"You can see we have no one here. But that doesn't mean we're going to quit," Johnny Groue said.
Groue and other hunters expressed their disappointment that no lawmakers or members of the U.S. Forest Service showed up at a meeting Thursday night at the Latimer Community Center. They have a lot of questions about why more than 70 miles of roads in the DeSoto National Forest are off-limits to vehicles. Only a representative from Congressman Gene Taylor's office came to listen to the hunters' concerns.
"What they're working on to put this thing in place is primarily the damage to the environment from cross-country and four-wheel vehicles," said Bill Felder.
The hunters say they've also been told that the U.S. Forest Service does not have enough funding to maintain the roads. But they say the government has made plenty of money from recent timber sales.
"They keep telling us they don't have any money. The money's not there," said Matthew Scott of Saucier. "But yet they received $7.4 million in minimum bids for the Hurricane Katrina sales."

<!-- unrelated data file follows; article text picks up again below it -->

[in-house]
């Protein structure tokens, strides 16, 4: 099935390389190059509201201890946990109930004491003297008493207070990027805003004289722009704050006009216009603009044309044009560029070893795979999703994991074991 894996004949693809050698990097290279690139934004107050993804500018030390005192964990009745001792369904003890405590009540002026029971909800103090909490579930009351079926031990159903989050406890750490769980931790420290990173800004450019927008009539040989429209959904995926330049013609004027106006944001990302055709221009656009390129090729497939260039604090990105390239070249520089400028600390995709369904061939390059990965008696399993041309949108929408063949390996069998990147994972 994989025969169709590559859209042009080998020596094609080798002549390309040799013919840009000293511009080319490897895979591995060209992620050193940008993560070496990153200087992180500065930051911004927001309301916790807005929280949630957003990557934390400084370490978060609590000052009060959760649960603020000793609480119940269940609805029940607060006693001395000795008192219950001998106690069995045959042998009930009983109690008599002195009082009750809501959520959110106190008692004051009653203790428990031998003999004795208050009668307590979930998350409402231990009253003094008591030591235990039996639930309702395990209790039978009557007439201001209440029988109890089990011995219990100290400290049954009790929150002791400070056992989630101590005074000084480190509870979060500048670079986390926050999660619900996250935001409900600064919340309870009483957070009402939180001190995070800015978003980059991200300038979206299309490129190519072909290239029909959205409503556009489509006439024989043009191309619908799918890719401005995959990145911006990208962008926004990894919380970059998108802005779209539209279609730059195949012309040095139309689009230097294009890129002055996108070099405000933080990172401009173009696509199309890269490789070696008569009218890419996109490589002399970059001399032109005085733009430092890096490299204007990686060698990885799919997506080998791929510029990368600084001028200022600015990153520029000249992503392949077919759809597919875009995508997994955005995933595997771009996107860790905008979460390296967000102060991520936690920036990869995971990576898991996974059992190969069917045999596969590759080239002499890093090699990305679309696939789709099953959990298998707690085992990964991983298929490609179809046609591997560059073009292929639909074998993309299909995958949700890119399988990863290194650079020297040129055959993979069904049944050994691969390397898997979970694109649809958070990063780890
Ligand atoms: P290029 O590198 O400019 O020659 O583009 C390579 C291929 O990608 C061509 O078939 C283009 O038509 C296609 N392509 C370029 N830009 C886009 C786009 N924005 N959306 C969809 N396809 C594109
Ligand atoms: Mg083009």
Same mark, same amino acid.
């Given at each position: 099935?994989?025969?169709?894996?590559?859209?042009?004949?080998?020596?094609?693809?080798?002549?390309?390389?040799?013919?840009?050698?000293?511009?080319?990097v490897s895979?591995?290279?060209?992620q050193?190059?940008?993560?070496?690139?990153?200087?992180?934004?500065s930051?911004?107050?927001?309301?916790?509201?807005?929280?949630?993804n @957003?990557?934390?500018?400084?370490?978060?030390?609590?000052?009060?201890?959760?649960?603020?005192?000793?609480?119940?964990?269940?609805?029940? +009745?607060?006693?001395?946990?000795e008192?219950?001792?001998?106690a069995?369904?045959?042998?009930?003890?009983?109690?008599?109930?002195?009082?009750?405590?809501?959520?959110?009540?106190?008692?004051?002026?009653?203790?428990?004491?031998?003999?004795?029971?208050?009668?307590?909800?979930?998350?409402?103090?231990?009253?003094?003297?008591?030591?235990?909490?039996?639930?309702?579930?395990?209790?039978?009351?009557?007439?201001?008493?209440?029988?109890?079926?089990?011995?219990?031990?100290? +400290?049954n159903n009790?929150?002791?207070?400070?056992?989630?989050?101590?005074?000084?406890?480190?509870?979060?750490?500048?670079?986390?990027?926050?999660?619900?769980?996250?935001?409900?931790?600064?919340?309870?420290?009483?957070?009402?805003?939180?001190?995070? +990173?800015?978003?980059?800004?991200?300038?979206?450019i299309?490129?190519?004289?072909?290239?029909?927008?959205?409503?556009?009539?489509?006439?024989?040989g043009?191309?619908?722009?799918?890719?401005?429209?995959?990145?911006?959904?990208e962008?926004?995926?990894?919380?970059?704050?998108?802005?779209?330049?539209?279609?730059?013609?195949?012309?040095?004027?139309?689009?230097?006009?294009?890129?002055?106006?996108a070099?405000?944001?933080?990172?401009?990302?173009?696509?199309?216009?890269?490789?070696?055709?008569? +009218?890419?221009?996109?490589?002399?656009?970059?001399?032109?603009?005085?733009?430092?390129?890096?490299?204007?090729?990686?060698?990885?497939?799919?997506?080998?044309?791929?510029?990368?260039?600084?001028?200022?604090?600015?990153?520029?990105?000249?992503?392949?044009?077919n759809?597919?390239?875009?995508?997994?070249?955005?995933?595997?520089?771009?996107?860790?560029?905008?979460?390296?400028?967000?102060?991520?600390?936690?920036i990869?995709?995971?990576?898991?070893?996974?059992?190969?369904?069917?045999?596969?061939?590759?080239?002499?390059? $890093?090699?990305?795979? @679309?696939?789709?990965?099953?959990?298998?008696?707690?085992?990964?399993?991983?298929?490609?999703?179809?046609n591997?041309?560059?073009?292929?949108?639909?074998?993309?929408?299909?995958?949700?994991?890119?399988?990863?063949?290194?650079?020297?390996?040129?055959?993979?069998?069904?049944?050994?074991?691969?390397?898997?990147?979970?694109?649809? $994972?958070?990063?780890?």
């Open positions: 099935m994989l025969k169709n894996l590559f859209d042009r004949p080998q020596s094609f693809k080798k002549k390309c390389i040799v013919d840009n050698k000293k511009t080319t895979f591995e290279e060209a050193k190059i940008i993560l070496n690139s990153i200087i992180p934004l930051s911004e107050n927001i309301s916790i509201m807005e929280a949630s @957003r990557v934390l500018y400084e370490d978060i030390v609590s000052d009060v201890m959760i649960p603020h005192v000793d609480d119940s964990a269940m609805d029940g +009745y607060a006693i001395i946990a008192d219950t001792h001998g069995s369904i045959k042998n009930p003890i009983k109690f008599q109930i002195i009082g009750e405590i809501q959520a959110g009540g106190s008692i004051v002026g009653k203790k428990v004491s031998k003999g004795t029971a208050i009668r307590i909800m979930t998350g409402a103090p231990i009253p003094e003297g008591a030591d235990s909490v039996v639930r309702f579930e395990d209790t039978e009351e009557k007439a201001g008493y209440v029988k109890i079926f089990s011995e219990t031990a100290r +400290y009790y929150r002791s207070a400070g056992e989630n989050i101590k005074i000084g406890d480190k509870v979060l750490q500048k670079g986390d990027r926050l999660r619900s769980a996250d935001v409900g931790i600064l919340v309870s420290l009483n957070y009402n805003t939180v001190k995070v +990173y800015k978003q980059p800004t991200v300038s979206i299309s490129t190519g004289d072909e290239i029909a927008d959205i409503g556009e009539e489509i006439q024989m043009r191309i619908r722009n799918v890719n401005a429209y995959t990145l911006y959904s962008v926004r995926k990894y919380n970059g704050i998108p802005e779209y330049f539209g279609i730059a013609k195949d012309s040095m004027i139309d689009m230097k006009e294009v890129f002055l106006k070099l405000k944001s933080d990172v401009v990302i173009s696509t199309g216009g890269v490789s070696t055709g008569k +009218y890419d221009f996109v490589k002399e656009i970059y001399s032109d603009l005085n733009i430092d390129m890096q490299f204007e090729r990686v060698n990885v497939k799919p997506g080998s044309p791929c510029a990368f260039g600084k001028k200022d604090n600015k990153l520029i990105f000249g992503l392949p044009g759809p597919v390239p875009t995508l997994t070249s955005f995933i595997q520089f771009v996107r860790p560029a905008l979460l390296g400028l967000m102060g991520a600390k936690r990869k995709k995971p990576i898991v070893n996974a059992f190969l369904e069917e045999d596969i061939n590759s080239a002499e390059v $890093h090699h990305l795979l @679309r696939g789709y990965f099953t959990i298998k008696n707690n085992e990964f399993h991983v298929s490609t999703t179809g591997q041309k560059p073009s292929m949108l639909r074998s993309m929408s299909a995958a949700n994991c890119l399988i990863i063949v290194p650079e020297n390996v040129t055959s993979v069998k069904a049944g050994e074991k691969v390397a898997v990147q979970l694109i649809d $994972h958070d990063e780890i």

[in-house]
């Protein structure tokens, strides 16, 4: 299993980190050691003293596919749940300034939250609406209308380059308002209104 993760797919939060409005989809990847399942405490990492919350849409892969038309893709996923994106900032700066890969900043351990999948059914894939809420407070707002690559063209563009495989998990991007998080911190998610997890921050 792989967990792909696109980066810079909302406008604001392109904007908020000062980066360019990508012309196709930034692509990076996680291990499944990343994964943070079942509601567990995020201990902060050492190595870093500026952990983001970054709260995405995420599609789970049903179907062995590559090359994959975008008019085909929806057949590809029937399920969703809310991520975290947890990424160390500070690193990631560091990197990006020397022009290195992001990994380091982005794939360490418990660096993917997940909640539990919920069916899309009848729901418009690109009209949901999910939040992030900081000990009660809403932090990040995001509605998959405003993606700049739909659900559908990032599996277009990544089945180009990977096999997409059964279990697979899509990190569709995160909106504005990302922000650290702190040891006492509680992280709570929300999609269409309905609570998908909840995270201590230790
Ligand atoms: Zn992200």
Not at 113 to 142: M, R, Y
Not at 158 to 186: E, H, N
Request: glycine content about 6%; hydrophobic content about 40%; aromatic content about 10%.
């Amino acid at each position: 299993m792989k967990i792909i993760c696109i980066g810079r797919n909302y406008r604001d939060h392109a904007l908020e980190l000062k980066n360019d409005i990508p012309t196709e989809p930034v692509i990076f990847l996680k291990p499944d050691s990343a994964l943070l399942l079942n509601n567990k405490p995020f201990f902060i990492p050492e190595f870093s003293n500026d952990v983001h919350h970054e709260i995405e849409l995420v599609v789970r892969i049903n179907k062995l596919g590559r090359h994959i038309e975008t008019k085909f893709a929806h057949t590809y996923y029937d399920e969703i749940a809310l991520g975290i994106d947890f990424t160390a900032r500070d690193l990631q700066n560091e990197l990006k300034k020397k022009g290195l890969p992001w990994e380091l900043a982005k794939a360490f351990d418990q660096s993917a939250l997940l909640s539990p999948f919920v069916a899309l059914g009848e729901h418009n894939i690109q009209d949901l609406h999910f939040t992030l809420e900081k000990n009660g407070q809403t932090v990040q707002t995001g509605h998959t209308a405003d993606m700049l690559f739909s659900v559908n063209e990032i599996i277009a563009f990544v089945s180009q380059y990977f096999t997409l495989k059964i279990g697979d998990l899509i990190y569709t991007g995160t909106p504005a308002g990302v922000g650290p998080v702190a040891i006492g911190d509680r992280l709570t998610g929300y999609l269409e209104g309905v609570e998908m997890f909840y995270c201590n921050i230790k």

The hunters say blocking access to the roads presents safety problems for children, the elderly and the disabled, like 75-year-old Standlish Carroll.
"You standing out there in the main road, and you need to be down there in the branches," said Standlish Carroll of Saucier. "You can't get down there in a vehicle. Not being crippled, no."
That's why Carroll joined other hunters in signing petitions, and preparing to write letters to Congress and anyone who will listen.
"Get the word out," Johnny Groue urged the group. "If we just lay down and die, hey, we feed right into their hands."
The concerned hunters say they will contact other state leaders to find out how to fight to open up the roads to cars and trucks. They plan to hold another meeting in November.